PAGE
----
Natural gas taken straight from the ground consists of a complex mixture of molecules called hydrocarbons, only some of which are needed for use in any specific product such as fuel or plastic. Separating the lighter types of hydrocarbon from one another—propane and ethylene, for example—is difficult because their weights are so similar. Currently, the most effective separation method involves chilling light hydrocarbons down to the point where they

all liquefy, sometimes as low as 100 degrees below zero Celsius, and waiting until the heavier liquids settle below the lighter ones.

"A good percentage of the energy needed for separation goes to the cooling process," says Wendy Queen, a postdoctoral fellow at the NIST Center for Neutron Research. "A material that can selectively adsorb light hydrocarbons could offer significant energy savings, making separation more economical."

Through a microscope, Fe-MOF-74 looks like a collection of narrow tubes packed together like drinking straws in a box. Each tube is made of organic materials and six long strips of iron, which run lengthwise along the tube. The team's analysis shows that different light hydrocarbons have varied levels of attraction to the tubes' iron, a finding that can be exploited for separation. By passing a mixed-hydrocarbon gas through a series of filters made of the tubes, the hydrocarbon with the strongest affinity can be removed in the first filter layer, the next strongest in the second layer, and so forth.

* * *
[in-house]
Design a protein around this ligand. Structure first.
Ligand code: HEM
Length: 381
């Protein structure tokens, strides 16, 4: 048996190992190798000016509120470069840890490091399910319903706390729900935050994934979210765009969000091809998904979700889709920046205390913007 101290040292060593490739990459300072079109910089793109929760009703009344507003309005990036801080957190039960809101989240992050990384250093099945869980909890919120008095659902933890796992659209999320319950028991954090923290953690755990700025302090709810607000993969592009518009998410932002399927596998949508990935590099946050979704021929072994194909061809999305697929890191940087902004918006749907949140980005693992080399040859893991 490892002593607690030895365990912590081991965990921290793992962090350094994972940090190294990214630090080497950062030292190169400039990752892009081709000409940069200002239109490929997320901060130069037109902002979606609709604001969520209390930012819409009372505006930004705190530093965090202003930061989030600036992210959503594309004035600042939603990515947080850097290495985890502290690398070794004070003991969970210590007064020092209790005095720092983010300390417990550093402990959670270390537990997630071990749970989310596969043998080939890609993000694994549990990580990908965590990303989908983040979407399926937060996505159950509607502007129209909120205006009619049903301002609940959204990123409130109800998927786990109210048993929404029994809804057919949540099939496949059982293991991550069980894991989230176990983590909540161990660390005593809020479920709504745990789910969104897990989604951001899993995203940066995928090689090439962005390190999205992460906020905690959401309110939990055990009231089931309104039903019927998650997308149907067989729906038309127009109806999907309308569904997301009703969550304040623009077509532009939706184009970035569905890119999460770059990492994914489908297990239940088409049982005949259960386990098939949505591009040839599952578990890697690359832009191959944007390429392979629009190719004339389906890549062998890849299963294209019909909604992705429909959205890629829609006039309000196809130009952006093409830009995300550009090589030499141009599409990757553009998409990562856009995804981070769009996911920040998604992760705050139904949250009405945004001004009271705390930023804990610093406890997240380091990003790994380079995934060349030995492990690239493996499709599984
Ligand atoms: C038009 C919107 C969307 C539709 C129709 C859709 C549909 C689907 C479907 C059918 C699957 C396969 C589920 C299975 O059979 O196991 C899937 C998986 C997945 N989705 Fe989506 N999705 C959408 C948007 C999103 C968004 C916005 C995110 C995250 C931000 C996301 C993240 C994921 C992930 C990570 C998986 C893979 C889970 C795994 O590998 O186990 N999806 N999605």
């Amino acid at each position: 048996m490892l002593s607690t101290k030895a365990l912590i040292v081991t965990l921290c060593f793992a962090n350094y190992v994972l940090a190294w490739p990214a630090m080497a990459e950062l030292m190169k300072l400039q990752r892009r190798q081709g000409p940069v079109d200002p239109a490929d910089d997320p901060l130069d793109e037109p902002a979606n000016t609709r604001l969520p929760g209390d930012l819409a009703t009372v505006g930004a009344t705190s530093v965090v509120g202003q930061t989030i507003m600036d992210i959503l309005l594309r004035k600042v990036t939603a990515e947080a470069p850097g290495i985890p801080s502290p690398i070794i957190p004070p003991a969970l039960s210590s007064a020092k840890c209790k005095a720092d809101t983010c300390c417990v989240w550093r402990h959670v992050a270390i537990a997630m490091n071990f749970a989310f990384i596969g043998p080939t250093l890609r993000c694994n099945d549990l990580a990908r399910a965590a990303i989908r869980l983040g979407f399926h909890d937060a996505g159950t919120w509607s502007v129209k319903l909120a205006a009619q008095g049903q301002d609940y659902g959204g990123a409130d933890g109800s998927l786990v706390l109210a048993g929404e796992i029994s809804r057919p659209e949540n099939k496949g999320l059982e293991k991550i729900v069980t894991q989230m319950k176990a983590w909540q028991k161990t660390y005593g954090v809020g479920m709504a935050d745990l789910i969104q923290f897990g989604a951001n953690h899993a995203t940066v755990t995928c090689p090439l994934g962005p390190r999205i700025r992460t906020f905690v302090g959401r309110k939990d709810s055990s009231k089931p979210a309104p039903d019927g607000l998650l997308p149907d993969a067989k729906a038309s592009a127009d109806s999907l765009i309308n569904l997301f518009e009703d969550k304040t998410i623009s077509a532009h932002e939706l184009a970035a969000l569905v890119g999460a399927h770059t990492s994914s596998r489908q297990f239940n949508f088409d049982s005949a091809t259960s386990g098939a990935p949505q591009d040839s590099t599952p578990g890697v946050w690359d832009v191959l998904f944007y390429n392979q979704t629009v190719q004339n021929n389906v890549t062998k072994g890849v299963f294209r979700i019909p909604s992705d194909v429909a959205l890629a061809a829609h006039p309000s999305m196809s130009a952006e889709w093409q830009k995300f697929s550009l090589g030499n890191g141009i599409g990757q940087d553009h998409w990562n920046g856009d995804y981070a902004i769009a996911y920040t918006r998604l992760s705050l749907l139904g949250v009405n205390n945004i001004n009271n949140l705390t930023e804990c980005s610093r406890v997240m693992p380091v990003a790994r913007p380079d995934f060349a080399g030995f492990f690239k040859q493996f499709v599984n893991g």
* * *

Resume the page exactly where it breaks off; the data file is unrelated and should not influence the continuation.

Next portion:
"It works well at 45 degrees Celsius, which is closer to the temperature of hydrocarbons at some points in the distillation process," Queen says. "The upshot is that if we can bring the MOF to market as a filtration device, the energy-intensive cooling step potentially can be eliminated. We are now trying out metals other than iron in the MOF in case we can find one that works even better."

* E.D. Bloch, W.L. Queen, R.Krishna, J.M. Zadrozny, C.M. Brown and J.R. Long. Hydrocarbon separations in a metal-organic framework with open Iron(II) coordination sites. Science, March 30, 2012. DOI:\10.1126\science.1217544